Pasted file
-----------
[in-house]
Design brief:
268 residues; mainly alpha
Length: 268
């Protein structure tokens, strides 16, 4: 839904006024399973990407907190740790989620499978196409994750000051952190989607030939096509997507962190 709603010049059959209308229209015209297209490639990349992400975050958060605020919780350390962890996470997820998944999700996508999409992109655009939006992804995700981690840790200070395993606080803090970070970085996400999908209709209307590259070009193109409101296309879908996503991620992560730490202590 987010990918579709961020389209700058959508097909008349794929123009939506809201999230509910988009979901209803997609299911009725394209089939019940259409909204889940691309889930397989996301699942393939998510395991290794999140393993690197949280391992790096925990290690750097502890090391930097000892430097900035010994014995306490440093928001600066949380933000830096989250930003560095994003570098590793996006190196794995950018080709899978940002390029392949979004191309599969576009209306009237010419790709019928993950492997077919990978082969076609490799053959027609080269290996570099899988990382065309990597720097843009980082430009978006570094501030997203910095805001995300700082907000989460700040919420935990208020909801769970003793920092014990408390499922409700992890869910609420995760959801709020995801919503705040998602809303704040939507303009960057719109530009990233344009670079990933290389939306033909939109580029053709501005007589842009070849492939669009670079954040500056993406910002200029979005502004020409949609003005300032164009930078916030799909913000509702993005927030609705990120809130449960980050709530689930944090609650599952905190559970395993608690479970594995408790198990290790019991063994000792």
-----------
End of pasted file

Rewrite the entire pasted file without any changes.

[in-house]
Design brief:
268 residues; mainly alpha
Length: 268
């Protein structure tokens, strides 16, 4: 839904006024399973990407907190740790989620499978196409994750000051952190989607030939096509997507962190 709603010049059959209308229209015209297209490639990349992400975050958060605020919780350390962890996470997820998944999700996508999409992109655009939006992804995700981690840790200070395993606080803090970070970085996400999908209709209307590259070009193109409101296309879908996503991620992560730490202590 987010990918579709961020389209700058959508097909008349794929123009939506809201999230509910988009979901209803997609299911009725394209089939019940259409909204889940691309889930397989996301699942393939998510395991290794999140393993690197949280391992790096925990290690750097502890090391930097000892430097900035010994014995306490440093928001600066949380933000830096989250930003560095994003570098590793996006190196794995950018080709899978940002390029392949979004191309599969576009209306009237010419790709019928993950492997077919990978082969076609490799053959027609080269290996570099899988990382065309990597720097843009980082430009978006570094501030997203910095805001995300700082907000989460700040919420935990208020909801769970003793920092014990408390499922409700992890869910609420995760959801709020995801919503705040998602809303704040939507303009960057719109530009990233344009670079990933290389939306033909939109580029053709501005007589842009070849492939669009670079954040500056993406910002200029979005502004020409949609003005300032164009930078916030799909913000509702993005927030609705990120809130449960980050709530689930944090609650599952905190559970395993608690479970594995408790198990290790019991063994000792």